You’ve been DYING to hear back from that critique partner, editor, agent, friend. You stalk your inbox. When the document finally arrives, you break out into a sweat. What if they HATED everything? Then you think, naaah. That’s not possible. Your pages are so shiney you’ve gotta wear shades just to read them. So you open your manuscript with confidence only to find the page is bleeding, okay, GUSHING in ink. You gasp! How do you deal with the mountain of criticism?
THE SELF-DEPRECATING SNIVELER
If you’re this writer, you implode when you receive feedback. You’re paralyzed for days, weeks even, because you’re nothing but a phoney anyway–the one who barely calls themselves a shhhhh, writer. You don’t have any talent and now the critique has just proved that. You have a meltdown.
THE PROACTIVE SUPERHERO
You ponder the comments for twenty-four seconds and then pull on your revision cape and x-ray grammar mask. You attack your manuscript with force, adapting everthing. The critiquer must be absolutely dead on, right? You thank your reader and tell them they’re the smartest person on the planet. Your savior!
You’re insulted by the comments. WTF do they know about your research, your characters, your method of madness? Nothing! Not only that, but they don’t even have the experience you do. You tell that ingrate how massively intelligent you are, how stupid they are. You even consider degrading their reputation all over the internet so that others won’t be foolish enough to seek their help.
Who we should all strive to be is–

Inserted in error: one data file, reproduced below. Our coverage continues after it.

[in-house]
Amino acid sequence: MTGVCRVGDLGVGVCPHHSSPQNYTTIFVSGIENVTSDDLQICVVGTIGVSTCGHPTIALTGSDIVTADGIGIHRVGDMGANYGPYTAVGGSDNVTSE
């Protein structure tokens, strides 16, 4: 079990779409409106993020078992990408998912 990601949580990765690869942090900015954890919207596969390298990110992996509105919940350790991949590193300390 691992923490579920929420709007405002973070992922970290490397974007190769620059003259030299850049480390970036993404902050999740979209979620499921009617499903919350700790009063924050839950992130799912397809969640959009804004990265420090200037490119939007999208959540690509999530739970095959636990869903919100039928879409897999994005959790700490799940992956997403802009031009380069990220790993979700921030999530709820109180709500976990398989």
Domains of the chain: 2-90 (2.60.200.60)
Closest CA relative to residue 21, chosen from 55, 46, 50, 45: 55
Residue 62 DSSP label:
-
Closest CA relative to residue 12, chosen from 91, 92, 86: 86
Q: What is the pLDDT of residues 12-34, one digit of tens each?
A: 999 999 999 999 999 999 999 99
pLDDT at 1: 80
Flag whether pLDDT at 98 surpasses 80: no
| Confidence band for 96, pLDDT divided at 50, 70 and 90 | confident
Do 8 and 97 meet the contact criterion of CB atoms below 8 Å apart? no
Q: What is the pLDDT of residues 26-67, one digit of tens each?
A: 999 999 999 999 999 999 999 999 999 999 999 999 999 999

You read the feedback and calmly digest it. It flows over you, through you, and the important pieces stick to your subconscious. You digest it and take notes on how to fix the issues. Then you attack the draft with newfound wisdom and inspiration. You send thanks to your critiquer and offer something in return. GAME ON.
MORAL OF THE STORY
1. EMBRACE YOUR IDIOSYNCRACIES, but aim high! Work toward THE YODA. Ultimately it will make the writing and editing process more enjoyable.
2. GROW A THICK SKIN. It’s essential in this business. Period.
3. TRUST YOUR INSTINCTS. Don’t assume you’re inferior and that your critiquer knows everything. It’s your book,your characters, and your style after all. On the flip side, don’t disregard advice entirely just because you think someone doesn’t “get you”. There is ALWAYS something to learn. Always. Even if you’re Stephen King or J.K. Rowling or Phillipa Gregory. If nothing else, the feedback sheds light on how the manuscript affects readers.
4. TREAT CRITIQUERS WITH RESPECT. This is the golden rule. Someone has just spent hours of their time, paid or not, on your work. Their goal is to help the writer improve both the story and their skills–not make them feel lousy. Don’t lash out, even if the feedback you receive is harsh. Show gratitude for their effort and be professional. You never know who that writer/editor/agent knows. The last thing you want to do is damage your reputation, thus your ability to sell books, because you were a hot head one day. Publishing is a small world, after all.
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